Verboticism: Marsecode

'What did you just call me?'

DEFINITION: v. To use alternative "code words" instead of proper cuss words, in an effort to satisfy people offended by such vulgarisms. n. A word used as a replacement for an obscene or profane expletive.

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Marsecode

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Proxyfanity

Created by: Jabberwocky

Pronunciation: proxy/fan/i/tee

Sentence: Sally was determined not to use unsuitable language at her new job and instead invented many proxfanitys to suit the occasion.

Etymology: proxy (substitute or surrogate) + profanity

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COMMENTS:

Good one! - Mustang, 2009-06-23: 00:44:00

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Frick

LittleMissSmile

Created by: LittleMissSmile

Pronunciation: Frick

Sentence: What the FRICK!?!

Etymology:

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Youeffemism

Created by: Ismelstar

Pronunciation: [yoo-efuh-miz-uhm]

Sentence: Pristine, soft-spoken and mild, the limits of Molly Mormon's patience had finally expired after Danny overturned a perfume bottle under her desk. "Oh my Heck!" she blurted unable to stop the youeffemisms tumbling out of her mouth. "You little Ess. Just get the Eff out of my class!"

Etymology: A play with the imperative forms of bowdlerized swear words, (which generally are used by naming only the first letter of the offending curse) which sounds like 'euphemism', the substitution of a mild, indirect, or vague expression for one thought to be offensive or harsh.

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Subterpheme

Created by: stache

Pronunciation: sŭb'tər-fēm'

Sentence: "GOT DANDRUFF, SOMEOFITITCHES!" Grandpa shouted his well-known subterpheme, as he bonked his thumb with the ball-peen hammer for the third time.

Etymology: 'sub,' short for underwater marine vessel, also used to describe an oversized sandwich served on long bread; 'terph,' alt. of turf, locale where one finds one's homies; 'eme,' collapsed form of e-me, avatar used as an on-line representation of oneself.

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Profine

didsbury

Created by: didsbury

Pronunciation: pro-f-eye-nn

Sentence: I'm sorry officer but you must have misheard me. If we do go to court I think you will find that 'crucking funt' is a profinity and not a profanity.

Etymology: Turning the profane into the profine was an art form perfected by the French aristocracy in the early years of the republic. They were also helped by atrocious aural hygiene standards during this period of history.

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COMMENTS:

reminds me of the guy on Capitol Steps who tells the stories with initial letters transposed. One concluded thast Haris Pilton simply needed a little soap in her hole; then there was the spale of Elliot Titzler.... - stache, 2008-05-08: 19:02:00

...er, Titzer. You know, the guy wh went to all the hicey prookers? nd I mean hicey. We're not talking bwenty tucks. No, not birty thucks. No, not even borty...never mind. - stache, 2008-05-08: 19:05:00

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Profamility

Created by: splendiction

Pronunciation: pro fam i li ty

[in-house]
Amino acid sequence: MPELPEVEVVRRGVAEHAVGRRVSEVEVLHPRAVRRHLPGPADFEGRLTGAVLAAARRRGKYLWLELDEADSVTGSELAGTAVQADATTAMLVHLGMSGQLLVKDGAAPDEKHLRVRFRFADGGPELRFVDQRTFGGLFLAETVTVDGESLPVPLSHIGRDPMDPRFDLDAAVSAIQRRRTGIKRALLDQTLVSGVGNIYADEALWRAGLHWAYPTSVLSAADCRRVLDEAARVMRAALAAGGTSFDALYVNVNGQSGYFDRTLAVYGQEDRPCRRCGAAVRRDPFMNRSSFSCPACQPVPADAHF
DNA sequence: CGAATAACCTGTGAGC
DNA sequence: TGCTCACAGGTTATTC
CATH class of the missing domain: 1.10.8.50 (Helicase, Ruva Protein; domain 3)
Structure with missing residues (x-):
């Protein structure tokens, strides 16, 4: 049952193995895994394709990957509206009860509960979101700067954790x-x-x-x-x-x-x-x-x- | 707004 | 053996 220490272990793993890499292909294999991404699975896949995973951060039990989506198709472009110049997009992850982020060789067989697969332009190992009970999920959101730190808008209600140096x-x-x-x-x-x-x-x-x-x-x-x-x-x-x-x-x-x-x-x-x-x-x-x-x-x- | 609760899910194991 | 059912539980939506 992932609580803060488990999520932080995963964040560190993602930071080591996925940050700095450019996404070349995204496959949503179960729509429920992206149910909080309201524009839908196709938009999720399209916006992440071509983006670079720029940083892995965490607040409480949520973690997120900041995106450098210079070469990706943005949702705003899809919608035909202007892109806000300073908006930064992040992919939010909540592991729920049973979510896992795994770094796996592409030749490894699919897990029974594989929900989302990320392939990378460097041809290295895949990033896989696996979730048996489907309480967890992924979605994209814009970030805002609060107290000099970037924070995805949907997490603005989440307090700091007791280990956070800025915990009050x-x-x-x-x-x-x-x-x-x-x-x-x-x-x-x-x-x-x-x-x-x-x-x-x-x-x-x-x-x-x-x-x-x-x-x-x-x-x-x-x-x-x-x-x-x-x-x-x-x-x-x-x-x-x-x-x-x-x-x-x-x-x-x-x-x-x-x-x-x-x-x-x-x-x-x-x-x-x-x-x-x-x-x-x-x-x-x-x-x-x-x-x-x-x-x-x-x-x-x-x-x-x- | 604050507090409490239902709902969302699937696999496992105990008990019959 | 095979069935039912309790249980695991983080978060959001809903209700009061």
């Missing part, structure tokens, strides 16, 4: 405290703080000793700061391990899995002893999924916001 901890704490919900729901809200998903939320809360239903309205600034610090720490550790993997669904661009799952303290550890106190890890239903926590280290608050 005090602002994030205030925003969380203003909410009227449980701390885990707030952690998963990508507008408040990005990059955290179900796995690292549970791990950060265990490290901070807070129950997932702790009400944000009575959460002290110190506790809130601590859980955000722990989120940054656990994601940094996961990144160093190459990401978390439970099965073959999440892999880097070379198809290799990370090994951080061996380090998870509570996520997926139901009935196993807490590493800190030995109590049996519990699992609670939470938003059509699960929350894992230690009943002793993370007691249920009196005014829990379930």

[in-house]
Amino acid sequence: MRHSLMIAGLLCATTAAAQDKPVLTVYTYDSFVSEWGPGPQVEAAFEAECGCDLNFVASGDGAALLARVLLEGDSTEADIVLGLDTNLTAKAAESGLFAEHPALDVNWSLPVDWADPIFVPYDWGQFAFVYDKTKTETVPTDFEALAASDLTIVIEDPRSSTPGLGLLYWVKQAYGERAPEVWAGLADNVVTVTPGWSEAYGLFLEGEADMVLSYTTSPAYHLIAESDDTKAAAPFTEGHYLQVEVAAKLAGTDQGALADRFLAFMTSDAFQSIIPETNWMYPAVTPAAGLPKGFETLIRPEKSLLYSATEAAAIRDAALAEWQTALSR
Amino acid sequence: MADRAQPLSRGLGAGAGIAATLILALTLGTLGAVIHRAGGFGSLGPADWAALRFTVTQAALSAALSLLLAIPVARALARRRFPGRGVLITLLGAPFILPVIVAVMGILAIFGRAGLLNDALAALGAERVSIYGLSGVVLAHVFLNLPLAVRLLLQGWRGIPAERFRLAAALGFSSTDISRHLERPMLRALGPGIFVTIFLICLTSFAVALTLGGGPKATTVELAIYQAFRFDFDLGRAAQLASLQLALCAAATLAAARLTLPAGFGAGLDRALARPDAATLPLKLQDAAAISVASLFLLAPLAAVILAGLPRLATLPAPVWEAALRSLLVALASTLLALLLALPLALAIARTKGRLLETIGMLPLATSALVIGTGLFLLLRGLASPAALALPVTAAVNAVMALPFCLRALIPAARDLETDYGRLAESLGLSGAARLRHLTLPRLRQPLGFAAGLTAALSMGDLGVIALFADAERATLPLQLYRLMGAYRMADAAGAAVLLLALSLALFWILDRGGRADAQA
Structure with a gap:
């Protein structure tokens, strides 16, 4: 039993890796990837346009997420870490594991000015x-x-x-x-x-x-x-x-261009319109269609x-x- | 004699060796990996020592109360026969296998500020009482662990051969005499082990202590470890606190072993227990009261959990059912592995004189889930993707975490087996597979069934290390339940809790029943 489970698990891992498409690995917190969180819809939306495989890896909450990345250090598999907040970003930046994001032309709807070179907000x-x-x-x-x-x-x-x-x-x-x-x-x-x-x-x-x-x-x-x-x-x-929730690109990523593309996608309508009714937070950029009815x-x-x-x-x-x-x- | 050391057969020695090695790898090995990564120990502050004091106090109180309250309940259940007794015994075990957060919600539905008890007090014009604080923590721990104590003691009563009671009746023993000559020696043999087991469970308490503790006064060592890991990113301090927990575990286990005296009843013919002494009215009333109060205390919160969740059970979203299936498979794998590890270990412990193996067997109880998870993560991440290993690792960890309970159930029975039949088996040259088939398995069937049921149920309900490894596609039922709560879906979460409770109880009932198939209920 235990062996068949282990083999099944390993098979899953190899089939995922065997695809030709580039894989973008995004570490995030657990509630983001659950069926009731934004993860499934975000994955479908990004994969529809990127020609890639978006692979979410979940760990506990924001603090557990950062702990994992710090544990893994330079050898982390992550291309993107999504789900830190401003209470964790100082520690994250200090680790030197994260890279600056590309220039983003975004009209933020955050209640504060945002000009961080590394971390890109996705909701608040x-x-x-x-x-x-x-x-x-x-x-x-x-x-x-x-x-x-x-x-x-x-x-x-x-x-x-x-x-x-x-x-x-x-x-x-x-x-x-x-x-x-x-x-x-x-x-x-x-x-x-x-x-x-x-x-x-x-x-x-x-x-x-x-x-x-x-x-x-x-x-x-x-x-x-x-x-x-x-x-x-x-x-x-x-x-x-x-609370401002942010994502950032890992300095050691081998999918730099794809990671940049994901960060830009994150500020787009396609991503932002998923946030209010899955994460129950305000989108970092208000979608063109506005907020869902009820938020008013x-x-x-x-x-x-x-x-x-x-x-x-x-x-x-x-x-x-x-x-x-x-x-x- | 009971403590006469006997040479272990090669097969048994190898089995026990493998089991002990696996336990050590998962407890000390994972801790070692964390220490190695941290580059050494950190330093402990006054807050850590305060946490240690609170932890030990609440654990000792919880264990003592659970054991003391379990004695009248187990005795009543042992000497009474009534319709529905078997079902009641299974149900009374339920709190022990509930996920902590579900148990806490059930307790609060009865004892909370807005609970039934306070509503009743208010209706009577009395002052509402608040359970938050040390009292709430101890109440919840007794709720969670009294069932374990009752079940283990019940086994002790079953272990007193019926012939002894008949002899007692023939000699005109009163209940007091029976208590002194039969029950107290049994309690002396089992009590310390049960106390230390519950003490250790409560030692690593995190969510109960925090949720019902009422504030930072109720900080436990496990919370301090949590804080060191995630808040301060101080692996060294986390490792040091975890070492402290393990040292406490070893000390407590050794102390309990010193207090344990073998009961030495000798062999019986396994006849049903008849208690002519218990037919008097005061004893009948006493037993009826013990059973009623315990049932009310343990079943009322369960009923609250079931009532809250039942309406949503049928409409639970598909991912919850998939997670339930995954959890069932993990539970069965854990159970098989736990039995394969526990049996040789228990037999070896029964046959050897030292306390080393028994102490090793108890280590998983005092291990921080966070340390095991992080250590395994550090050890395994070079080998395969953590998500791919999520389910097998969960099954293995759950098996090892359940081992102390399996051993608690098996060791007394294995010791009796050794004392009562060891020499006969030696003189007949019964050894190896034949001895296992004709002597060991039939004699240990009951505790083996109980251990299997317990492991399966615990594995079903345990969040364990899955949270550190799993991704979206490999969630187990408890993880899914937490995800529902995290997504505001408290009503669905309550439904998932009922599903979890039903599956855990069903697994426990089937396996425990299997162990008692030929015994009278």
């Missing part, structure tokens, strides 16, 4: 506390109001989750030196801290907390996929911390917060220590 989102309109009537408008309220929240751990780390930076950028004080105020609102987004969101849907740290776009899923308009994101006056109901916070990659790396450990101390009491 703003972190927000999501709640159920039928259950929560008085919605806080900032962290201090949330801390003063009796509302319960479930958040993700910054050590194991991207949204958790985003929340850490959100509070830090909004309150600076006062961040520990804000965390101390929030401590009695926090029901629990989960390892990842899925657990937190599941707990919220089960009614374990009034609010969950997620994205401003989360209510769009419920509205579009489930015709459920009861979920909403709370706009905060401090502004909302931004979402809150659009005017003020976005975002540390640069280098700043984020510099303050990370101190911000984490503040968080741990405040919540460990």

Sentence: The Goode’s espoused family values and so expressed anger with profamility like “fudge” and “mitt” instead of good old four-letter words such ass f*** and ***t.

Etymology: From profanity and family.

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COMMENTS:

Whoops-didn't mean to add the extra s to as! - splendiction, 2009-06-22: 20:30:00

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Fakeswear

Bookworm699

Created by: Bookworm699

Pronunciation:

Sentence: "Fat old beach," she fakeswore under her breath.

Etymology:

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Profanitease

Created by: Nosila

Pronunciation: pro fan it tees

Sentence: Rudy would always use profanitease instead of the words he really wanted to use. He put the cur in curse. When asked to repreat his bad words, he would inevitably re-word his remarks with different meaning words.

Etymology: Profanity (vulgar or irreverent speech or action) & Tease (to arouse hope, desire, or curiosity without satisfying them)

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Expletute

mrskellyscl

Created by: mrskellyscl

Pronunciation: ex-pleh-toot

Sentence: Mommy often had to expletute words around the baby, who was beginning to show an uncanny ability to imitate her speech patterns, especially when she was having a discussion with daddy about golf.

Etymology: expletive: vulgar or coarse word to express emotion + substitute: a replacement

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Placeboath

Created by: Tigger

Pronunciation: (like 'placebo') /pluh-SEE-bohth/

Sentence: Sandra, a mother of three children and a former radio DJ, had trained herself never to swear, but she would often use placeboaths in place of profanity. So, when she yelled at Bobby, "Cheese and Crackers!! Get your gosh darn feet off the coffee table and stop acting like a fudging sugarhead!" nobody thought it was unusual. After all, Bobby really had been acting like a sugarhead.

Etymology: Placebo - a medication prescribed more for the mental relief of the patient than for its actual effect (Latin, placebo "I shall please") + Oath - any profane expression; curse; swearword (from Middle English, ooth "swear" [to a god or diety])

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COMMENTS:

an elegant creation, I must say - stache, 2008-05-08: 08:22:00

very nice - Jabberwocky, 2008-05-08: 14:21:00

Terrific! - OZZIEBOB, 2008-05-08: 19:37:00

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